Film Review: ‘Tarzan’


With 2014 marking the 100th anniversary of author Edgar Rice Burroughs’ most famous creation, Tarzan the Ape Man, it seemed inevitable that someone would make a new film for the character. The 19th time the story has appeared on the big screen, Reinhard Klooss’ Tarzan (2013) begins with an accident in which the parents of young J.J. (Craig Garner) – heir to the Greystoke Energies business empire – are killed in the African jungle, leaving the boy alone in the wild. Found and taken care of by a female gorilla and her band, J.J. grows to become the man known only as Tarzan (Kellan Lutz). Years later, Jane Porter (Spencer Locke) meets Tarzan when travelling in the jungle with her father, an employee of Greystoke.

Let’s be clear before we start. Any animated film not from the house of Disney, or one of the animation arms of the major studios like Sony, Fox or Warner Bros, is always going to be at a disadvantage. If, however, you can get your head around the fact that Tarzan 3D is produced in the main by the German film company Constantin Film Produktion – better known for the Wrong Turn and Resident Evil franchises – you may actually accept that this foray into entertainment aimed towards a younger audience isn’t all bad. Here is a story which, for a change, has some actual depth and doesn’t – like most animations – revolve purely around fairytales or talking animals. The premise of an orphan boy adopted and raised by wild gorillas may be a little far-fetched, but is it really beyond the realms of possibility?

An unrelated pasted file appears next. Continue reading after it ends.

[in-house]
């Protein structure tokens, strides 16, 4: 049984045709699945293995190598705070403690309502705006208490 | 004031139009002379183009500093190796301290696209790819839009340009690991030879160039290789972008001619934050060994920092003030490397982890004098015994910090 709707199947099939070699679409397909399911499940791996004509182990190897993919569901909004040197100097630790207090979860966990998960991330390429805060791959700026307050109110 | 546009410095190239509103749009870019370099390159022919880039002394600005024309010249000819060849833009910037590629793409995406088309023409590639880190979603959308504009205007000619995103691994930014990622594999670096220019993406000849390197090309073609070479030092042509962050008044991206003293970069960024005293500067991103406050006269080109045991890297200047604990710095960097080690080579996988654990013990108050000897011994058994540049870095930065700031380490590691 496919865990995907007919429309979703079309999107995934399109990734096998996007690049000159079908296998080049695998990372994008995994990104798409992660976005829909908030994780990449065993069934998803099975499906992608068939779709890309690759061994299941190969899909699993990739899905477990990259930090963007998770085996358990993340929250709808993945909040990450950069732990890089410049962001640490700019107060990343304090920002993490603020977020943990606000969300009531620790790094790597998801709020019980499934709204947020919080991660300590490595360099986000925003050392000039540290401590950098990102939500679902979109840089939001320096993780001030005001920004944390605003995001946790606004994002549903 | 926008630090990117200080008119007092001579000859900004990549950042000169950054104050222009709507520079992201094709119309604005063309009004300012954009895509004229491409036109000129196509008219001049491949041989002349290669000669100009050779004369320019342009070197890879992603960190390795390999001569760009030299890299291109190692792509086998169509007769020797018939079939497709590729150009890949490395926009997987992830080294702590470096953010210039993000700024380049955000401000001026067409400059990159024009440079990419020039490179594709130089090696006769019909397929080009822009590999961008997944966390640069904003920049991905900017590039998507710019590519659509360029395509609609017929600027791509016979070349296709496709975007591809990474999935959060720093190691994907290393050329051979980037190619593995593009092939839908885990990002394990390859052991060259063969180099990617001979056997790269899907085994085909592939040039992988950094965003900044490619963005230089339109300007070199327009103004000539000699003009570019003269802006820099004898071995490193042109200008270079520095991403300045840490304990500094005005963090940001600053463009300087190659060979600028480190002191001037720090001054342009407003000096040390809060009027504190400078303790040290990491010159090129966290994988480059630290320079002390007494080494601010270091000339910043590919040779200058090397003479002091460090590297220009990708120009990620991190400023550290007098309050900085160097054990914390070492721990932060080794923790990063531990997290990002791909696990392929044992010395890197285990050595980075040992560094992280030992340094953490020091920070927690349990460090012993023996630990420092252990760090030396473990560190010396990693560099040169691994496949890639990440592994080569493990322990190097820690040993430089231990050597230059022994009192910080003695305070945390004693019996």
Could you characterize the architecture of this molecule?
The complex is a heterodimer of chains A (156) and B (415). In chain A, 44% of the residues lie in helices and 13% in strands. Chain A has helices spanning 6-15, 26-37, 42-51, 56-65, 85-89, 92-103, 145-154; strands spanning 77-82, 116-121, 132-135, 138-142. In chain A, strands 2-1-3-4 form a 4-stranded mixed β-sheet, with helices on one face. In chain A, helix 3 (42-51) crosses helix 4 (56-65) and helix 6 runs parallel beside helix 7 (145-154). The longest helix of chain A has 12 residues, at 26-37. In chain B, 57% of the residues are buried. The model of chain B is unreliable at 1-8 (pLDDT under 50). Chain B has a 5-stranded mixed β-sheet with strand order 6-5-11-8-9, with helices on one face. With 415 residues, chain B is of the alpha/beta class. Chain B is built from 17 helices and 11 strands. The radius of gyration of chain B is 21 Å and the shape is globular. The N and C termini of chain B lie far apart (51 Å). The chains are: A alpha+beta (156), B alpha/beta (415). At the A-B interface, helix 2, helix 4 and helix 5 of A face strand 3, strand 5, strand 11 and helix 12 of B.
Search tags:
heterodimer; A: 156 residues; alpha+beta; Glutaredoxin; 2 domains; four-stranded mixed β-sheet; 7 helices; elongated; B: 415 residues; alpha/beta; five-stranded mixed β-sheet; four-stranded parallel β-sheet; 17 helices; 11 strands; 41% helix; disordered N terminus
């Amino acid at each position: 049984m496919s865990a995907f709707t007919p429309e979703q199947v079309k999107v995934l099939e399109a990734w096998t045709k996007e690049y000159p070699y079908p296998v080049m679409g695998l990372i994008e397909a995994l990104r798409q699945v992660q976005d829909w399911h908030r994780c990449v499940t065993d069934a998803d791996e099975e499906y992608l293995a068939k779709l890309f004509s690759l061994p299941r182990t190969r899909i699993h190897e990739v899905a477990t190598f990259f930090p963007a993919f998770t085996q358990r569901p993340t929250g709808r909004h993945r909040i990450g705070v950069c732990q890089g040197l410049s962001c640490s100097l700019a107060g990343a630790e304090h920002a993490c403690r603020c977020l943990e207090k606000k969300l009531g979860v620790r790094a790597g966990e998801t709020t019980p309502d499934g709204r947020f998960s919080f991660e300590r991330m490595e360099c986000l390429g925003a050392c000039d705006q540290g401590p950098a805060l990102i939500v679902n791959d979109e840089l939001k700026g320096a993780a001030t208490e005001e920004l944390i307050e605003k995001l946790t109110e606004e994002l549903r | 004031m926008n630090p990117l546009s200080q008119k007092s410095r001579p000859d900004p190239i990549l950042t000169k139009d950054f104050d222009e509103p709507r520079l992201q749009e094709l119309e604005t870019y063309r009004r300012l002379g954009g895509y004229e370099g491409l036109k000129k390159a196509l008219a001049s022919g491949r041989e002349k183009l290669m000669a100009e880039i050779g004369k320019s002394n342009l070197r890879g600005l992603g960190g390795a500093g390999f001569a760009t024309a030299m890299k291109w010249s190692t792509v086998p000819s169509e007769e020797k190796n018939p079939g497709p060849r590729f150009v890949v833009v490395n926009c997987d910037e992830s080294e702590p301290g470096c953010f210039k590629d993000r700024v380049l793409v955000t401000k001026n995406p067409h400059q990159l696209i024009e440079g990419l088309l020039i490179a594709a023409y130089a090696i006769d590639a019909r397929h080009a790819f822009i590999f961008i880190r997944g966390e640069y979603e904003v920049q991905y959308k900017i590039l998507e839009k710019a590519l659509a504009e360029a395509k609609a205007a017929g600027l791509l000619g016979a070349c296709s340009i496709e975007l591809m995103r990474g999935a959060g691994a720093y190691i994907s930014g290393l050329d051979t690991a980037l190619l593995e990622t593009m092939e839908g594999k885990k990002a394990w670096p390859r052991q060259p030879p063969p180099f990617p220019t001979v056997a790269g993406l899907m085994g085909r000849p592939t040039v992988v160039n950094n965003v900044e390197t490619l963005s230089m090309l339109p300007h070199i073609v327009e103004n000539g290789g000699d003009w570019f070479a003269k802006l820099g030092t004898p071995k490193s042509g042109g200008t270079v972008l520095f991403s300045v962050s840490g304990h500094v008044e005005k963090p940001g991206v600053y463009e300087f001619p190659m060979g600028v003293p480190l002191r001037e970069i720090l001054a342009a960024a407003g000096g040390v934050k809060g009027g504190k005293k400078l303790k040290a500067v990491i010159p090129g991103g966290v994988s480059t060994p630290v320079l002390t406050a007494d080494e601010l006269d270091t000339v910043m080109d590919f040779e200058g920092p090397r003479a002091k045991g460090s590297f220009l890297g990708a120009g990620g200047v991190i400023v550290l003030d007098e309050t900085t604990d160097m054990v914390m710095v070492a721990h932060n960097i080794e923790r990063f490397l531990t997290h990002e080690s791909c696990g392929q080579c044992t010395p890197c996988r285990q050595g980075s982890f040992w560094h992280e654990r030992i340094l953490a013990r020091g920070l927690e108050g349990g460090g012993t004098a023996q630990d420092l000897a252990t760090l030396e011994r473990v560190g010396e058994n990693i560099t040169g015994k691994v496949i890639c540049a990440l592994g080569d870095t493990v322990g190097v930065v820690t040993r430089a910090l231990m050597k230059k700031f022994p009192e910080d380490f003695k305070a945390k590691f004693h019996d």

Tarzan’s best moments are those set in the jungle with Tarzan and his adoptive ape family. The animator’s rendering of the jungle and volcano environments towards the end of the film are amongst the production’s most effective and evocative elements. In fact, the interpretation in Klooss’ screenplay is sympathetic to Rice Burroughs’s original creations, whilst injecting them with enough imagination to bring them bang up to date for the 21st century. Tarzan (brought alive with just the right degree of unsophisticated innocence by Lutz) and Jane, when together in the jungle, are just believable and appealing enough to make the viewer forget the film’s weaker elements – namely anything outside the bounds of nature. Klooss’ Tarzan may not be the greatest swinger in town, but there’s still fun to be had for younger viewers.

Cleaver Patterson